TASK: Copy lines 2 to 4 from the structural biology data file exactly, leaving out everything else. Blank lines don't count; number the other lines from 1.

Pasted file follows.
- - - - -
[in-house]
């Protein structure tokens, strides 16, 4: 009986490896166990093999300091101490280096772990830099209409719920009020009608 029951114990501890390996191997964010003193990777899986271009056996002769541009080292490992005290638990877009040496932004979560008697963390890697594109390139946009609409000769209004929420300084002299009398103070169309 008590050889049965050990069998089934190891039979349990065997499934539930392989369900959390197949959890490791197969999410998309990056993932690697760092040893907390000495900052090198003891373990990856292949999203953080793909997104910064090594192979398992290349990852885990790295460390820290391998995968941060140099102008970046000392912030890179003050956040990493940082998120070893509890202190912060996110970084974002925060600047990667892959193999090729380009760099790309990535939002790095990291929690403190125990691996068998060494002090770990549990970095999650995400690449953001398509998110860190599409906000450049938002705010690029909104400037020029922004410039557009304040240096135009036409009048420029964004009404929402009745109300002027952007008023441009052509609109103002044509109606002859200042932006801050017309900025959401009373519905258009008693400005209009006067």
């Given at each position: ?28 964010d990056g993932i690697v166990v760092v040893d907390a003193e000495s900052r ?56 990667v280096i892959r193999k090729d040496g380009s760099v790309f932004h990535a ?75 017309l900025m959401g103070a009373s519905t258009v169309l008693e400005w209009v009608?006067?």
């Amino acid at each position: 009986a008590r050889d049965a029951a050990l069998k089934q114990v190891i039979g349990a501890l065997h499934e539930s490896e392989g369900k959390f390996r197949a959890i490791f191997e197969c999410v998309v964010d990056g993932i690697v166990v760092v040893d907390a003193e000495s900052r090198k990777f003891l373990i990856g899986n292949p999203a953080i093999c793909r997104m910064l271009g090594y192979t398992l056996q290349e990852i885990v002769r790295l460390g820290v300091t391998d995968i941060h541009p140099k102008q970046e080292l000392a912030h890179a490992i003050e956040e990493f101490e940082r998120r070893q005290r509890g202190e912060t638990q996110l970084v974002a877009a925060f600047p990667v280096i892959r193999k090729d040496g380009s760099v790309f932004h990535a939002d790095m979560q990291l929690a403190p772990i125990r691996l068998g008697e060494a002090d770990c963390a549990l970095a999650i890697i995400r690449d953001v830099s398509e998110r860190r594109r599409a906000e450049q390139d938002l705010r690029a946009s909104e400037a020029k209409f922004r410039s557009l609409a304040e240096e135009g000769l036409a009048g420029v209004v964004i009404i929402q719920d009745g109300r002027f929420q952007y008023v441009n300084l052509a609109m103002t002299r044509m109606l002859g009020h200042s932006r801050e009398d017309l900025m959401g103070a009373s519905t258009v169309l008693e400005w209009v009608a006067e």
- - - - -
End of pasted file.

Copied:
């Protein structure tokens, strides 16, 4: 009986490896166990093999300091101490280096772990830099209409719920009020009608 029951114990501890390996191997964010003193990777899986271009056996002769541009080292490992005290638990877009040496932004979560008697963390890697594109390139946009609409000769209004929420300084002299009398103070169309 008590050889049965050990069998089934190891039979349990065997499934539930392989369900959390197949959890490791197969999410998309990056993932690697760092040893907390000495900052090198003891373990990856292949999203953080793909997104910064090594192979398992290349990852885990790295460390820290391998995968941060140099102008970046000392912030890179003050956040990493940082998120070893509890202190912060996110970084974002925060600047990667892959193999090729380009760099790309990535939002790095990291929690403190125990691996068998060494002090770990549990970095999650995400690449953001398509998110860190599409906000450049938002705010690029909104400037020029922004410039557009304040240096135009036409009048420029964004009404929402009745109300002027952007008023441009052509609109103002044509109606002859200042932006801050017309900025959401009373519905258009008693400005209009006067």
């Given at each position: ?28 964010d990056g993932i690697v166990v760092v040893d907390a003193e000495s900052r ?56 990667v280096i892959r193999k090729d040496g380009s760099v790309f932004h990535a ?75 017309l900025m959401g103070a009373s519905t258009v169309l008693e400005w209009v009608?006067?």
């Amino acid at each position: 009986a008590r050889d049965a029951a050990l069998k089934q114990v190891i039979g349990a501890l065997h499934e539930s490896e392989g369900k959390f390996r197949a959890i490791f191997e197969c999410v998309v964010d990056g993932i690697v166990v760092v040893d907390a003193e000495s900052r090198k990777f003891l373990i990856g899986n292949p999203a953080i093999c793909r997104m910064l271009g090594y192979t398992l056996q290349e990852i885990v002769r790295l460390g820290v300091t391998d995968i941060h541009p140099k102008q970046e080292l000392a912030h890179a490992i003050e956040e990493f101490e940082r998120r070893q005290r509890g202190e912060t638990q996110l970084v974002a877009a925060f600047p990667v280096i892959r193999k090729d040496g380009s760099v790309f932004h990535a939002d790095m979560q990291l929690a403190p772990i125990r691996l068998g008697e060494a002090d770990c963390a549990l970095a999650i890697i995400r690449d953001v830099s398509e998110r860190r594109r599409a906000e450049q390139d938002l705010r690029a946009s909104e400037a020029k209409f922004r410039s557009l609409a304040e240096e135009g000769l036409a009048g420029v209004v964004i009404i929402q719920d009745g109300r002027f929420q952007y008023v441009n300084l052509a609109m103002t002299r044509m109606l002859g009020h200042s932006r801050e009398d017309l900025m959401g103070a009373s519905t258009v169309l008693e400005w209009v009608a006067e």